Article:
“Next day, I wake up, hangover and hazy, Liam wants to sing. So Liam sings his lead vocal in two takes. F--king on-fire singing. Thing is, the backing track was faster than we’d ever intended, which Noel and I hadn’t noticed when drunk the night before. There was a really bad speed up during the first three bars of the first chorus. But we had to f--king use it because Liam’s singing was undeniably brilliant.”

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With the song selected as the band’s next single, a promo video needed to be shot. Once again, Liam’s erratic approach to professionalism threw a spanner in the works: on the day of the shoot he was nowhere to be found, and under pressure to deliver something to the TV networks, a makeshift video was cobbled together from the previous promos of “Cigarettes & Alcohol”, “Supersonic” and “Whatever”.

Nevertheless, “Some Might Say” made No. 1 on the first week of its release – despite some flak for its lyrical simplicity. Speaking to Select, Noel was typically honest about the writing process.

“The verses are quite deep,” he told the magazine. “Some of them are about homeless people, and people who can’t always get what they want, and how people who can get what they want always seem to be moaning more than people who can’t. That’s why it’s, ‘Tell it to the man who lives in hell.’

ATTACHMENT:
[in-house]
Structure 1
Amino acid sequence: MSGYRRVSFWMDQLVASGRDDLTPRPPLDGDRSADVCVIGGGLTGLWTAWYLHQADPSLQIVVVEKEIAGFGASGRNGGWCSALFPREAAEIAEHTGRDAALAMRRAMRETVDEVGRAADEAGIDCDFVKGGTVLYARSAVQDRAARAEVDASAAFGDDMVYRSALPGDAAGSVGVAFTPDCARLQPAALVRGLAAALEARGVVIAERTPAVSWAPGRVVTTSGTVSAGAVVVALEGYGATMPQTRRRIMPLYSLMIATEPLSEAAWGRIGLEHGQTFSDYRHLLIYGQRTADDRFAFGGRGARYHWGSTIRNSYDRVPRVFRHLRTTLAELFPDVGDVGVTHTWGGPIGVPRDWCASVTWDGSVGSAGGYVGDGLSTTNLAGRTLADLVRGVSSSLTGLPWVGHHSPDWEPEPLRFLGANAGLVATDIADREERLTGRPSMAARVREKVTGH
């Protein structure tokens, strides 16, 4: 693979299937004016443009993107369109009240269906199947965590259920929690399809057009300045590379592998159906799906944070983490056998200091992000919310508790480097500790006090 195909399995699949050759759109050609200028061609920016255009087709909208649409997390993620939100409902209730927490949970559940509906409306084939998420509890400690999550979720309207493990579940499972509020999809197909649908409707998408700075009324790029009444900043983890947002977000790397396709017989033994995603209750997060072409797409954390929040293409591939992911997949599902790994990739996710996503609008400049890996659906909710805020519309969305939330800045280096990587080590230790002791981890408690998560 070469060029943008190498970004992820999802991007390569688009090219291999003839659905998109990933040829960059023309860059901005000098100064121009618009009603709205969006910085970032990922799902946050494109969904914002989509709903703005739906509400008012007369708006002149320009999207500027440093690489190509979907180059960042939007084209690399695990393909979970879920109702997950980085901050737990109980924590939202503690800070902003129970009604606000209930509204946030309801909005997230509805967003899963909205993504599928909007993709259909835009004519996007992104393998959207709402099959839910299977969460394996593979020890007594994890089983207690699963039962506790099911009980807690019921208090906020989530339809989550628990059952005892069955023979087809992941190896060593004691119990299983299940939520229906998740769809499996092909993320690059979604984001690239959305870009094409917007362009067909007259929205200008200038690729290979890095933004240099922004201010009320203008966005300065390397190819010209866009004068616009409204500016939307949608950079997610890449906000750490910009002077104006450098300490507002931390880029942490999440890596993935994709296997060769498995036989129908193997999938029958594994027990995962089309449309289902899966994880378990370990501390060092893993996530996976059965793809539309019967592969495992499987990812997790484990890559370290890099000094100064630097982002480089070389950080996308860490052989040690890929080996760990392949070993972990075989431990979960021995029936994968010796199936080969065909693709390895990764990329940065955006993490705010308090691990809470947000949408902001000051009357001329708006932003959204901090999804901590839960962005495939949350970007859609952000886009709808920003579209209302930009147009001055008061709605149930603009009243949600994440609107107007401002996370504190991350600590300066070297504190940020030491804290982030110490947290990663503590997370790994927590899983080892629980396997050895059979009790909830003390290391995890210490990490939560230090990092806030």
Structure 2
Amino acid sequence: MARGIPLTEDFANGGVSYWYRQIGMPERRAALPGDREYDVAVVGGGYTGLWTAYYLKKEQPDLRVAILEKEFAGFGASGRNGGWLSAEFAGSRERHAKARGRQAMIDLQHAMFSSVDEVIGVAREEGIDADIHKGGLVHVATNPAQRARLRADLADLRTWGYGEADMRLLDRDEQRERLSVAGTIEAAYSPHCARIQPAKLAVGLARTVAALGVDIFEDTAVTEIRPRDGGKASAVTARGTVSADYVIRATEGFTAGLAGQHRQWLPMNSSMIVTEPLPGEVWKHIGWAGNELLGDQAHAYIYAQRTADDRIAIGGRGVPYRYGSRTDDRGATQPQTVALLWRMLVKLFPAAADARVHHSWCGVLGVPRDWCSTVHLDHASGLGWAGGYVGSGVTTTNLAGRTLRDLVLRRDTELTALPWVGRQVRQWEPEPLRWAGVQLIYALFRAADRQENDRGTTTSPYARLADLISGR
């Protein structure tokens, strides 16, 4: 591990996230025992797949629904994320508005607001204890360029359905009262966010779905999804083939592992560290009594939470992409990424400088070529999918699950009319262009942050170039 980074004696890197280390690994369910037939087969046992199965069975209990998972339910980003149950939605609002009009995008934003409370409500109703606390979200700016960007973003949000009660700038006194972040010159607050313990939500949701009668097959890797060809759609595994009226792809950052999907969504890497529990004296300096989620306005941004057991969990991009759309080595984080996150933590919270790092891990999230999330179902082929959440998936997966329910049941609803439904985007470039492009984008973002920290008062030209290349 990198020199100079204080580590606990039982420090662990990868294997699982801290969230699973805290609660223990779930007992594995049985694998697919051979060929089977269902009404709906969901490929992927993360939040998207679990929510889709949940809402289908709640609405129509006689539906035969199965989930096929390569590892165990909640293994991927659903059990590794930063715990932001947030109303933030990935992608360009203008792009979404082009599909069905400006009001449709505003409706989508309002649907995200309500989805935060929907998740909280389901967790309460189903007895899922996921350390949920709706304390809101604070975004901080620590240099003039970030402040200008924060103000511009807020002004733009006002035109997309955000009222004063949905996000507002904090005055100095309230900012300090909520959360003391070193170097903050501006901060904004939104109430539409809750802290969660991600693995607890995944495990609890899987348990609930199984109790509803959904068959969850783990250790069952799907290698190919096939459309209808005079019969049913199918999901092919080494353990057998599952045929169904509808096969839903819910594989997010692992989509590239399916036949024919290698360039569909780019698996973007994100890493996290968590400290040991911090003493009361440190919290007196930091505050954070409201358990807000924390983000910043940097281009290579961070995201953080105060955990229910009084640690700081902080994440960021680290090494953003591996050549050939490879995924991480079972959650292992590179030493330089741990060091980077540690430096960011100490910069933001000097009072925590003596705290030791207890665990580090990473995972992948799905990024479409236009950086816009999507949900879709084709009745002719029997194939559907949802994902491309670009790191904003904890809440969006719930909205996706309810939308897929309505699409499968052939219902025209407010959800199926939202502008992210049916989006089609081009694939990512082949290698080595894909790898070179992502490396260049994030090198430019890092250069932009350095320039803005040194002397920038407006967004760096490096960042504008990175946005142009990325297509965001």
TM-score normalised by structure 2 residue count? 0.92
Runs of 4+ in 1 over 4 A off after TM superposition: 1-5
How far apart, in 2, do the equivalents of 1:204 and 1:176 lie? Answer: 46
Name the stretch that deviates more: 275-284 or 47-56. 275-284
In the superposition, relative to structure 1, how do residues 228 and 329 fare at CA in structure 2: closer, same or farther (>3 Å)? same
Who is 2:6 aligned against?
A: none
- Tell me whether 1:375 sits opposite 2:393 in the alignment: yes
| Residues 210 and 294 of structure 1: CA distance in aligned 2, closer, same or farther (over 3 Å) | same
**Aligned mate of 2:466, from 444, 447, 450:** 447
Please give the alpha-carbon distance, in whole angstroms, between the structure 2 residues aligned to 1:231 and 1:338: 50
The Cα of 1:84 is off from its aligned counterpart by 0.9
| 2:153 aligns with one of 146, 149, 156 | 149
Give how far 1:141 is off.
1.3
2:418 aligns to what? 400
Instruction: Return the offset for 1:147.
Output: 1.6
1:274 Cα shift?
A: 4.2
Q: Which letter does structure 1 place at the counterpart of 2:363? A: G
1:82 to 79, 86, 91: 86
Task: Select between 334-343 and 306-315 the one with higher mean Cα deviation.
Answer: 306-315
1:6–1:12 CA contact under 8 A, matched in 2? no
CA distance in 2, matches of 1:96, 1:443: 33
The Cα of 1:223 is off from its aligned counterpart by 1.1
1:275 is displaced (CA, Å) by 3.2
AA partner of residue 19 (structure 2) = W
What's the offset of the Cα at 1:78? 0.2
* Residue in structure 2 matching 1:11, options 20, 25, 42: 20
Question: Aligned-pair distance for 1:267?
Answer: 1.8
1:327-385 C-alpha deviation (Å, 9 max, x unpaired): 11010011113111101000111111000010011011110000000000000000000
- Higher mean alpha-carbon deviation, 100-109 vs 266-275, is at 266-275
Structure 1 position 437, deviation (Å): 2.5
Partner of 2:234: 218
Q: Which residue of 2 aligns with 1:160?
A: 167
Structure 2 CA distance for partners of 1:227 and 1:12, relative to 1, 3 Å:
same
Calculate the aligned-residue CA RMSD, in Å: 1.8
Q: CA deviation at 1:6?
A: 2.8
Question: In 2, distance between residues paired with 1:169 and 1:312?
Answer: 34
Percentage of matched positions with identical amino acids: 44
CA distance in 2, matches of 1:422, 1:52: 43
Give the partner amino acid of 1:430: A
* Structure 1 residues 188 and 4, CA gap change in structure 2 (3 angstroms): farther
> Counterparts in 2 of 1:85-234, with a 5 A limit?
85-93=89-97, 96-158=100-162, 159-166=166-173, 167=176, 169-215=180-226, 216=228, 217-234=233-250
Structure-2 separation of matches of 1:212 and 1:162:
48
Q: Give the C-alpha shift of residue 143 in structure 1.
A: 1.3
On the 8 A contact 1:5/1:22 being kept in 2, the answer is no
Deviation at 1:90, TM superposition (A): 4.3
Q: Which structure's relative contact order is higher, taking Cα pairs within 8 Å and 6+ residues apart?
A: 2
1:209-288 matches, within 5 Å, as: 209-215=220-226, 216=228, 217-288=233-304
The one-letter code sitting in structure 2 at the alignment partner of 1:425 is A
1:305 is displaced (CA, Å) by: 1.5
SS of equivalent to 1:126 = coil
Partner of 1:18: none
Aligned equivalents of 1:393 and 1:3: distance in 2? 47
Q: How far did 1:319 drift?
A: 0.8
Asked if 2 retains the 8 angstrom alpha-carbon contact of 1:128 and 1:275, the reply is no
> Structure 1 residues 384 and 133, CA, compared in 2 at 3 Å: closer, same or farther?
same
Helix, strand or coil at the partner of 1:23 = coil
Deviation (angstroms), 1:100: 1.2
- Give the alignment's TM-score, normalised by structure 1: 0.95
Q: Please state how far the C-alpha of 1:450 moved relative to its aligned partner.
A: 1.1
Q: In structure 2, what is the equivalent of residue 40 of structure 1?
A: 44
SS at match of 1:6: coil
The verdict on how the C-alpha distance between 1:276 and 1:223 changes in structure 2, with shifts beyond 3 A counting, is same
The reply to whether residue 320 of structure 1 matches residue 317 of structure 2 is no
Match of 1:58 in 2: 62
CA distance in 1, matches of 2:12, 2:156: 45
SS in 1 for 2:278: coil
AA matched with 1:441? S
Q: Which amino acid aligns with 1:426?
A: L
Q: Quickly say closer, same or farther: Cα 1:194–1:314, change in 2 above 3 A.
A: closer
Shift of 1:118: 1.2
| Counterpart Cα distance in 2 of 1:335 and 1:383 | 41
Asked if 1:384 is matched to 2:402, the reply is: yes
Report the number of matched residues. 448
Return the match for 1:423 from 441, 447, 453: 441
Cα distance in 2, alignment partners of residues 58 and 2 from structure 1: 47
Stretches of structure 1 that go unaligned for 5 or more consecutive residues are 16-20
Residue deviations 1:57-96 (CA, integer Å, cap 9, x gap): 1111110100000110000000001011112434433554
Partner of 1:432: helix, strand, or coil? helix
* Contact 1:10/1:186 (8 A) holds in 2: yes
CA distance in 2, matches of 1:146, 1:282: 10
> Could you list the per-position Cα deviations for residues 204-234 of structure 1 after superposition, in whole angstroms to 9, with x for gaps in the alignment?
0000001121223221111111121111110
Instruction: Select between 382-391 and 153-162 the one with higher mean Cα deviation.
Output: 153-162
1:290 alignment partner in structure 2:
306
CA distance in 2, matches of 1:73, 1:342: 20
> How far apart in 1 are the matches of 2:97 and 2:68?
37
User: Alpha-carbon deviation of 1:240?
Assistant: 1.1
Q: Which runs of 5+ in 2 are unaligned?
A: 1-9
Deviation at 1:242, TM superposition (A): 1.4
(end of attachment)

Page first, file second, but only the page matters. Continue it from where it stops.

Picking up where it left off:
“So then I wanted something as deep and meaningful for the chorus… but in the end I just gave up and thought, ‘F--k it, I might as well just [write] stupid stuff about fishes and dishes and dogs itching.”

“Some Might Say” not only represented a transitional moment for Oasis, it also kick-started the famed “Battle of Britpop” that would reach its head with the band’s next single, “Roll With It”, released on August 14, 1995 – the same day as Blur’s “Country House”.

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Talking to Uncut in 1998, Creation boss Alan McGee explained how the rivalry, until that point existing only in the music press as an easy North vs South / Working Class vs Art School talking point, blew up in earnest at a party he threw to celebrate the song’s success.

“I’d been friends with Damon Albarn for some time, so I invited him to the ‘Some Might Say’ party after the record went to No. 1,” he said. “Liam, being Liam, spent the evening relentlessly taunting Damon. ‘Nah, nah, nah, nah, nah, nah. We’re No. 1, you’re not.’

“It was deliberately, offensively infantile and it really riled Damon. Liam was only 20. When you are just 20, you say silly things. It’s almost your job to talk total bo---cks. Anyway, Damon left the party thinking ‘F--k you, Liam, I’m going to teach you a lesson’. That’s why Blur upped the ante and moved the release date of ‘Country House’. To go up against us. The best thing that happened to Oasis was that Blur took them on and carried on taking them on.”